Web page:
White-headed Woodpecker Dryobates albolarvatus

Jeffrey M. Kozma, Teresa J. Lorenz, Martin G. Raphael, Kimball L. Garrett, and Rita D. Dixon
Version: 2.0 — Published July 9, 2020


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Generally resident. Populations in most of range are considerably more fragmented than mapped because of complex topography and localized suitable coniferous forest habitat. Northernmost breeding occurs in the Okanagan Valley of south-central British Columbia (where rare) (33). Locally distributed south through eastern Washington (34, 35), western Idaho (west of 115°W; 36, 37, 38), through northeastern, central, and south-central Oregon (Blue, Ochoco, Wallowa, and Cascade mountains; 39, 40, 41), and in California south in the Coast Ranges very locally to northwestern Colusa County (42), and inland through the Sierra Nevada (widespread on western slope, more local on eastern slope) (43). Also breeds eastward into extreme western Nevada in Lake Tahoe region (44). In Cascades region of Washington and Oregon, found primarily on eastern slopes, occurring very locally on western slopes to Crater Lake and Siskiyou Mountains, Oregon (40, 41). Southern California distribution generally congruent with highest mountain ranges (45). Breeds in Mt. Pinos region and west to mountains of east-central Santa Barbara County (Big Pine Mountain, San Rafael Mountain, possibly Figueroa Mountain; 46, 47), and eastern Ventura County (Pine Mountain; 46). Also in Transverse Ranges (San Gabriel and San Bernardino mountains), in San Jacinto Mountains, and locally south in Santa Rosa Mountains and high mountains of San Diego County (Mt. Palomar, Cuyamaca Mountains, Laguna Mountains; 48). As yet unrecorded in Baja California, being absent from coniferous forest in Sierra Juarez and San Pedro Martir, only 100–200 km south of southern terminus of known range.

Altitudes of resident range vary by latitude. Mainly below 700 m in British Columbia (33); in Washington and Oregon mainly 560–1,600 m on east slope of Cascades (49, RDD). In the Sierra Nevada, California, occurs mainly 1,000–2,450 m on west slope and 2,100–2,750 m on east slope; recorded exceptionally to 3,200 m (50). In mountains of southern California, gravirostris occurs mainly at 1,500–2,300 m.

Extralimital Records

Once in British Columbia (January) east to Creston Valley (51). Rare wanderer west of Cascade Mountains in Thurston County, Washington (52), and Lincoln County and Clatsop County, Oregon (40). East of normal range there are at least 7 records in Montana, all but 1 record occurring in fall and winter, and only 1 record was east of the continental divide (53); in northwestern Wyoming there is a 27 October 1924 sight record for Jackson Hole (54) and a 25 June 1990 sight record for Yellowstone National Park (T. L. McEneaney, personal communication). In California, has been reported rarely on floor of Central Valley, and on immediate coast in Mendocino County (55), and in Marin County some 150 km from nearest breeding areas (56). In southern California, has been recorded in lowlands of Mohave Desert in Kern County (e.g., 57, 58, 59, 60), at Furnace Creek Ranch, Inyo County (45), and at Palm Springs in the Colorado Desert (61). In southern California, rarely wanders to coastal regions from Santa Barbara County south to San Diego County (45). Only slight indications of irruptive nature of migrations. In winter 1987–1988, 19 individuals were recorded well out of normal habitat in coastal Santa Barbara, Ventura, Los Angeles, and Orange counties of California, where 1–2, if any, occur most years (59, 47, KLG). Richards (62) cites invasion of "hundreds" into Nevada County, California, in winter 1901–1902; this report, in turn, cited by Voous (63) as indicative of periodic irruptions to lowlands by this species. White-headed Woodpecker, however, is widely resident in Nevada County, so basis for presumption of invasions is unknown and questionable.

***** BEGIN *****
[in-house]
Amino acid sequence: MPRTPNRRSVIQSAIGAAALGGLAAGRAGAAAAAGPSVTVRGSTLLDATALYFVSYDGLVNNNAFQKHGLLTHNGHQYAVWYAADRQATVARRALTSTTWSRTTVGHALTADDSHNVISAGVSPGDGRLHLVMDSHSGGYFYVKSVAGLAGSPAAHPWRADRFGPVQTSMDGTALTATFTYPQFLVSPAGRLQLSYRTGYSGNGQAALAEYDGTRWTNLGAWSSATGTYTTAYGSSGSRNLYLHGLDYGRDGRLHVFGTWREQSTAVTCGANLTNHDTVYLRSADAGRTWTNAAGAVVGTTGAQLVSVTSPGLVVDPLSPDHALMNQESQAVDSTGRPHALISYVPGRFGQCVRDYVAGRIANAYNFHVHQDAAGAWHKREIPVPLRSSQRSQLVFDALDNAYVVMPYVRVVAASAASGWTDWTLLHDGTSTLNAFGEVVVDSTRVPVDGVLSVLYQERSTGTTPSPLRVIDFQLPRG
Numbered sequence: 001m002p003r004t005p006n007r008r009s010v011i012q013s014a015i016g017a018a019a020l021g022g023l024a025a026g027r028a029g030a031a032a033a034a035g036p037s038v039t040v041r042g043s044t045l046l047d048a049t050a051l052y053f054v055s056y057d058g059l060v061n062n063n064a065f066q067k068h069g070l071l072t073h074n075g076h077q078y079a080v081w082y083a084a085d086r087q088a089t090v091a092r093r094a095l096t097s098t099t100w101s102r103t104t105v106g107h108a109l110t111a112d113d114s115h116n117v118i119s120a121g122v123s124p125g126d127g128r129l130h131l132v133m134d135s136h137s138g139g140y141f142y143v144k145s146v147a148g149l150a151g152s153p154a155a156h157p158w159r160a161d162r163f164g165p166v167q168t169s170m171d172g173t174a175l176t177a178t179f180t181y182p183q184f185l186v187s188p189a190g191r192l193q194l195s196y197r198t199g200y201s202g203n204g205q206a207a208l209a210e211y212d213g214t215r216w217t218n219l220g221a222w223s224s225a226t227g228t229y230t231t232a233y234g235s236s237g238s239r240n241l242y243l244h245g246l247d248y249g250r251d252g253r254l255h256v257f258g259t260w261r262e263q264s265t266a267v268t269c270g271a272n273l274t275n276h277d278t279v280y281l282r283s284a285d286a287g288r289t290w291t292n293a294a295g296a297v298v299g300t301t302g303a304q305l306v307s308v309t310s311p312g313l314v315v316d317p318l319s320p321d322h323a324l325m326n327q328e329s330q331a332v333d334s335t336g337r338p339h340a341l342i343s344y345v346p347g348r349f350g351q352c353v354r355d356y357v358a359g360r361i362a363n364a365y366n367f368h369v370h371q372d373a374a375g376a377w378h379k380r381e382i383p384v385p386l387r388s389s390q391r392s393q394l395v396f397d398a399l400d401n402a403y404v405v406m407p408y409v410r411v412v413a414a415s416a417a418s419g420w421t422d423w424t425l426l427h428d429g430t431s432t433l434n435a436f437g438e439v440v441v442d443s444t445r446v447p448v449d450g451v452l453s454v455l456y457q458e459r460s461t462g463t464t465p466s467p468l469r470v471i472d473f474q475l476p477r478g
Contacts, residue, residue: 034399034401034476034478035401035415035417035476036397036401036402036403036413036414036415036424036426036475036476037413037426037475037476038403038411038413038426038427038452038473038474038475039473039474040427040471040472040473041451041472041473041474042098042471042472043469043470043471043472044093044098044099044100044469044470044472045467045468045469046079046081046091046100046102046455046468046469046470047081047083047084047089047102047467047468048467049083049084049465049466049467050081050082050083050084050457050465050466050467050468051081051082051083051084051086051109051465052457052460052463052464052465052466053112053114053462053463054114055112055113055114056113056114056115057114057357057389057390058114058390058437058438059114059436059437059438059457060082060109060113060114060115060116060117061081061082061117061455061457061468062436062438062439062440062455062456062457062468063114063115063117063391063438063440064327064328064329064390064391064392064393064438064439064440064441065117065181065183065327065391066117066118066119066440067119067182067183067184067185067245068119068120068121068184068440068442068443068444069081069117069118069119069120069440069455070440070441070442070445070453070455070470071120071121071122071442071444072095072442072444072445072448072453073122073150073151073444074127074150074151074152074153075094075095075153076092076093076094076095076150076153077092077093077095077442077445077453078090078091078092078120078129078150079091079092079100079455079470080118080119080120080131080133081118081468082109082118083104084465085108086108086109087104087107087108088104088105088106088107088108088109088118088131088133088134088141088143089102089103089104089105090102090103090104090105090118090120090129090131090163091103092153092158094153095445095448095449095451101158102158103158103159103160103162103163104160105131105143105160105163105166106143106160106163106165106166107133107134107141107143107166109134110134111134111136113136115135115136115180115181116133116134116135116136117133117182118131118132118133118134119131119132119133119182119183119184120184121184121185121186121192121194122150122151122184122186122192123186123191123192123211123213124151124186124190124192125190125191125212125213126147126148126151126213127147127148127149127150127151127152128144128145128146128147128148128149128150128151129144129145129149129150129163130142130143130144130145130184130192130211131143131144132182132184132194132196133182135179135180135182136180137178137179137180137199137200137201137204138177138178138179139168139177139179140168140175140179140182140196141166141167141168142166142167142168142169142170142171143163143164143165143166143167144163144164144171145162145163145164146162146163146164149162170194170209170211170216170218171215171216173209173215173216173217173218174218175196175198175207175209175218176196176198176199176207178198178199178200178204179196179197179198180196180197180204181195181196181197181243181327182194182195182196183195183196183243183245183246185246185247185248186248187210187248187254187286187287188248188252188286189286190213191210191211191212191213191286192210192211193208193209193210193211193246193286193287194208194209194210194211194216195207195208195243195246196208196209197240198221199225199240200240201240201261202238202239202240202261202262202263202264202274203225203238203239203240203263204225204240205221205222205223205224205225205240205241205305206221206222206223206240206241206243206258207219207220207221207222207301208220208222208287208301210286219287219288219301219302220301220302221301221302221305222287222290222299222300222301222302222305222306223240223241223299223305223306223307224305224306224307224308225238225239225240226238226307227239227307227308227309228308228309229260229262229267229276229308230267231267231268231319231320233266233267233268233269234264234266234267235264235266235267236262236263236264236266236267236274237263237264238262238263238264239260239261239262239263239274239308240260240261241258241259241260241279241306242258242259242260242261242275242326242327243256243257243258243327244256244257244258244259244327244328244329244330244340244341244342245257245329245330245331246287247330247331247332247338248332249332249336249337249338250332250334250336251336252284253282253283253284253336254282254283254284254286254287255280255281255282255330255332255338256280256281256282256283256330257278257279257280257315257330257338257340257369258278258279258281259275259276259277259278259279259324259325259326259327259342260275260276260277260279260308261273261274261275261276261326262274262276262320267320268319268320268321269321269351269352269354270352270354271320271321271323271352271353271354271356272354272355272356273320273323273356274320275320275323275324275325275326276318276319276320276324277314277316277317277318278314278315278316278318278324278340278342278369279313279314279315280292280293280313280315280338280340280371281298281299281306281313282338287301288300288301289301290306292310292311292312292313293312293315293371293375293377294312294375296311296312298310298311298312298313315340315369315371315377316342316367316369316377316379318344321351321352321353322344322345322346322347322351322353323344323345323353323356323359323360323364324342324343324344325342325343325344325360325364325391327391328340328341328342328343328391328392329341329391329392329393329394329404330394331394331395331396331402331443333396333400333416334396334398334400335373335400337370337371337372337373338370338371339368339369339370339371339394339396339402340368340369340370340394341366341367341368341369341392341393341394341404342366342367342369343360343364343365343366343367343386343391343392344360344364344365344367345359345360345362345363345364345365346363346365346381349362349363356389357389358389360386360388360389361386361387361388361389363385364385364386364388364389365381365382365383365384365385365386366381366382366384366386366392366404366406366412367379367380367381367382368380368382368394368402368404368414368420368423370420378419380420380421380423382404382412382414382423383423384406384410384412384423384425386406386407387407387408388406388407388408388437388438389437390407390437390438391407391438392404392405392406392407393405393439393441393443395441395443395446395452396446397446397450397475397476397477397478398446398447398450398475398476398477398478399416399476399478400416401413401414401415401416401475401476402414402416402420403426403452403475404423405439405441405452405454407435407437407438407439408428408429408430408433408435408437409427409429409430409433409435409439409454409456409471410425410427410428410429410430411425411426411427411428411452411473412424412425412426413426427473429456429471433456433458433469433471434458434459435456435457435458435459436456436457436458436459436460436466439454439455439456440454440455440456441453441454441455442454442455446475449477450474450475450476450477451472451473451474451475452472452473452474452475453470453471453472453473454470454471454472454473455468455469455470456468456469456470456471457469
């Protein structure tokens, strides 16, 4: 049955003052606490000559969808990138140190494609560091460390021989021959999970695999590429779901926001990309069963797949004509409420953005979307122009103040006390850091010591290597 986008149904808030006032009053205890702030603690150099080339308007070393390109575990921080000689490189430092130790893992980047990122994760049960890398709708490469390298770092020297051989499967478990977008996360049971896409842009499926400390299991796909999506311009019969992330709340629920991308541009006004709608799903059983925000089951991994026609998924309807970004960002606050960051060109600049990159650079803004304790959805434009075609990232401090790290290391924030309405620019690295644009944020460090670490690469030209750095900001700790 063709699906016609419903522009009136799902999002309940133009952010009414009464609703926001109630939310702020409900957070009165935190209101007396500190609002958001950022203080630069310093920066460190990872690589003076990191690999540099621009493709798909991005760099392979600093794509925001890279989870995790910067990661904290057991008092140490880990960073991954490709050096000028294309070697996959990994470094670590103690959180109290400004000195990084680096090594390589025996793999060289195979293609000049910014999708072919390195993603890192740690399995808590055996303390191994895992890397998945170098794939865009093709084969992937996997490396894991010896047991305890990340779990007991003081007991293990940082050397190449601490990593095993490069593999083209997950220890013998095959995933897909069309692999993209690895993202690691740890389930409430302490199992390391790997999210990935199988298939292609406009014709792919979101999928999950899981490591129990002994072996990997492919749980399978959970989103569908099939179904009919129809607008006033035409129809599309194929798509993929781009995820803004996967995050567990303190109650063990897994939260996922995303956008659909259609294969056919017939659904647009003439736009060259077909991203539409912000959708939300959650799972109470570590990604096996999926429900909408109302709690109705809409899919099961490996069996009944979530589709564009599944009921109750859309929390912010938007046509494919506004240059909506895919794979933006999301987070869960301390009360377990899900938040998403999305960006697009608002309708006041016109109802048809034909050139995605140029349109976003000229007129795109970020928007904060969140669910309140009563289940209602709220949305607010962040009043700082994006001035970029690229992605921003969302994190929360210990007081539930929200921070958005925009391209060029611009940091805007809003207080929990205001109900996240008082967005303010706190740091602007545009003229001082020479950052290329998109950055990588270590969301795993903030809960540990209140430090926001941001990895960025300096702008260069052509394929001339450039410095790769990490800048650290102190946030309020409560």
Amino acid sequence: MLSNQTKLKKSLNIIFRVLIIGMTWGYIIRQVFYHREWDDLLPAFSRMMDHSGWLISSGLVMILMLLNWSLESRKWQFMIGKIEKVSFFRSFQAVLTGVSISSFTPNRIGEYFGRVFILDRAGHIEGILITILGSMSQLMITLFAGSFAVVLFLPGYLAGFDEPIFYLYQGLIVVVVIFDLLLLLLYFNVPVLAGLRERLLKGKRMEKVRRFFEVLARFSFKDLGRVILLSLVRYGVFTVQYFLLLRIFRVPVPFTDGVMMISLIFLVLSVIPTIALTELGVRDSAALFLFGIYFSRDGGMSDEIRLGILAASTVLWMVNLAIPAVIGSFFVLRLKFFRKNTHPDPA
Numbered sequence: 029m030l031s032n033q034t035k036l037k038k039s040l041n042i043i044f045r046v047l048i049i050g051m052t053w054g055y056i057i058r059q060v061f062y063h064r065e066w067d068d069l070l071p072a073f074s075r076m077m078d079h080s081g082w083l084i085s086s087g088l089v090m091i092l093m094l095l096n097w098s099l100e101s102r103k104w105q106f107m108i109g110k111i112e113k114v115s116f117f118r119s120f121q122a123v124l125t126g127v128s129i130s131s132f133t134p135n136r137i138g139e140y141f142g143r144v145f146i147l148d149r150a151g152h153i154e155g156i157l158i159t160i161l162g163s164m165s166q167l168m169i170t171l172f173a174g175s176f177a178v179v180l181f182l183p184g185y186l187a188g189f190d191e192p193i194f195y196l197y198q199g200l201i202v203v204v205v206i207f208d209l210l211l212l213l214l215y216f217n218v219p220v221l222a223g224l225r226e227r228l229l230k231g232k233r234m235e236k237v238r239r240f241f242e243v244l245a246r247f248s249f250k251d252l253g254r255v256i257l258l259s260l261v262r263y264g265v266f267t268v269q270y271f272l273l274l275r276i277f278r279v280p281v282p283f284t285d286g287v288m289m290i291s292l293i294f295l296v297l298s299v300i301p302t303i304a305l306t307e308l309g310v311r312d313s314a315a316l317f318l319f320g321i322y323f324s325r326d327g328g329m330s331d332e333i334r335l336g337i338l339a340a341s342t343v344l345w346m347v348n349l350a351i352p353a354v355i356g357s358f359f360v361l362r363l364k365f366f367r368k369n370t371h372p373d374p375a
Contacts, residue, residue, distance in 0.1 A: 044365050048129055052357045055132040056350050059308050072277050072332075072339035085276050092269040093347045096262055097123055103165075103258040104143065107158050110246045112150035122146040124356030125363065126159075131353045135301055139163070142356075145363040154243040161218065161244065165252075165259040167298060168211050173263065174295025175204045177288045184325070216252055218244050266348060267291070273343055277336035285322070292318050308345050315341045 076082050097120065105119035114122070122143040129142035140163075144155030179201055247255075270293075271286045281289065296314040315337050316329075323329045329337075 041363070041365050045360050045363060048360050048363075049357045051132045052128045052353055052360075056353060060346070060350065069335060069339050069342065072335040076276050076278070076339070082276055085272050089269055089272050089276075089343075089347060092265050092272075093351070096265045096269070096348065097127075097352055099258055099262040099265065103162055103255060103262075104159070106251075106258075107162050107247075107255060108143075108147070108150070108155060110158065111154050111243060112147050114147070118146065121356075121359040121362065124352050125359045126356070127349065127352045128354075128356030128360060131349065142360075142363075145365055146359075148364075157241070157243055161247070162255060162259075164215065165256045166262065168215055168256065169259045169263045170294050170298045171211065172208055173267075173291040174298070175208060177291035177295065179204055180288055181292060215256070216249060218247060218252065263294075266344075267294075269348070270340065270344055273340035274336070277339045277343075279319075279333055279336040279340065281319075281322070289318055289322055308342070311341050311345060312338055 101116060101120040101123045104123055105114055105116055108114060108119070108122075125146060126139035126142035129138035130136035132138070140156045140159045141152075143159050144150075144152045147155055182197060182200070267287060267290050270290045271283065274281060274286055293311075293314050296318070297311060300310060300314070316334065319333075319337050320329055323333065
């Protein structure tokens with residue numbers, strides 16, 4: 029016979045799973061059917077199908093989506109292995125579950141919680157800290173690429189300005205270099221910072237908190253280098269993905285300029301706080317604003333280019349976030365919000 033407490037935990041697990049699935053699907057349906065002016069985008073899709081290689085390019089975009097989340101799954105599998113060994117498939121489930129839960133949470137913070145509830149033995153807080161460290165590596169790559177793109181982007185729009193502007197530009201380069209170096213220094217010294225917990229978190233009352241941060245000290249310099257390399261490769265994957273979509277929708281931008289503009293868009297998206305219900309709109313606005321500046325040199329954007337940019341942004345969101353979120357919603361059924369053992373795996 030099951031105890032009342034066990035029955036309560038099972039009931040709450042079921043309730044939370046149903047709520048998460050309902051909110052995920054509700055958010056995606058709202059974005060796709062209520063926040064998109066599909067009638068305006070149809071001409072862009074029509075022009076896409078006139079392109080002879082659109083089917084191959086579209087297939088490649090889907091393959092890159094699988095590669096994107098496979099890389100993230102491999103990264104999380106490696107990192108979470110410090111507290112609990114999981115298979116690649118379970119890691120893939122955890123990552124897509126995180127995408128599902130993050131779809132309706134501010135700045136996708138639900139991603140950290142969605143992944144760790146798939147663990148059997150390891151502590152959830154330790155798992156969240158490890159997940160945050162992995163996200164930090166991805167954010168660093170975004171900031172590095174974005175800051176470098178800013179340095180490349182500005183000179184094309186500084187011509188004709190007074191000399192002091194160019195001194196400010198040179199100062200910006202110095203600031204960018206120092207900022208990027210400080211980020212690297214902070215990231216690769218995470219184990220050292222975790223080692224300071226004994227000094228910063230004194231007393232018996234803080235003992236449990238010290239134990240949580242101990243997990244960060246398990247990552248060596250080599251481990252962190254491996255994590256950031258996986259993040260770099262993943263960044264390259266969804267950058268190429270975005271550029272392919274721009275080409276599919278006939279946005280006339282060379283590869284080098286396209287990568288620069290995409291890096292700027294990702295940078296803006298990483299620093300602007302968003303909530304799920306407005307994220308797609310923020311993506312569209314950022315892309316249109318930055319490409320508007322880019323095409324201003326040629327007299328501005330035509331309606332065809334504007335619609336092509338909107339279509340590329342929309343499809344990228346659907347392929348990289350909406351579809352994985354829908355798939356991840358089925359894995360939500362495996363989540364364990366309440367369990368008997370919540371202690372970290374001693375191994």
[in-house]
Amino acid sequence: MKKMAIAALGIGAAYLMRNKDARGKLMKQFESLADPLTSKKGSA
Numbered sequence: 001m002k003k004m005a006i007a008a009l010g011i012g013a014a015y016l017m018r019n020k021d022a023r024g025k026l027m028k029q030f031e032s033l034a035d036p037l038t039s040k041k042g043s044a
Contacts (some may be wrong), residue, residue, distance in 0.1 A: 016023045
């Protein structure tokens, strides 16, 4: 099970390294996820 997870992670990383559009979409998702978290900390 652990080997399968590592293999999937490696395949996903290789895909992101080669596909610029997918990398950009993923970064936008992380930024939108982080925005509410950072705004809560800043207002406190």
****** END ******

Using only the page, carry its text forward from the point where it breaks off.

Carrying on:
Historical Changes to the Distribution

Northernmost populations in south-central British Columbia were not reported until 1890, with few reports prior to 1950 (64). This likely reflects increased coverage and distributional knowledge (65, 66) rather than an expansion of the species range.

White-headed Woodpecker distribution.
  • Year-round
  • Migration
  • Breeding
  • Non-Breeding
White-headed Woodpecker distribution.
White-headed Woodpecker, Abundance map
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Data provided by eBird

White-headed Woodpecker

Dryobates albolarvatus


This map depicts the seasonally-averaged estimated relative abundance, defined as the expected count on an eBird Traveling Count starting at the optimal time of day with the optimal search duration and distance that maximizes detection of that species in a region.  Learn more

Relative abundance

Recommended Citation

Kozma, J. M., T. J. Lorenz, M. G. Raphael, K. L. Garrett, and R. D. Dixon (2020). White-headed Woodpecker (Dryobates albolarvatus), version 2.0. In Birds of the World (P. G. Rodewald and B. K. Keeney, Editors). Cornell Lab of Ornithology, Ithaca, NY, USA. https://doi.org/10.2173/bow.whhwoo.02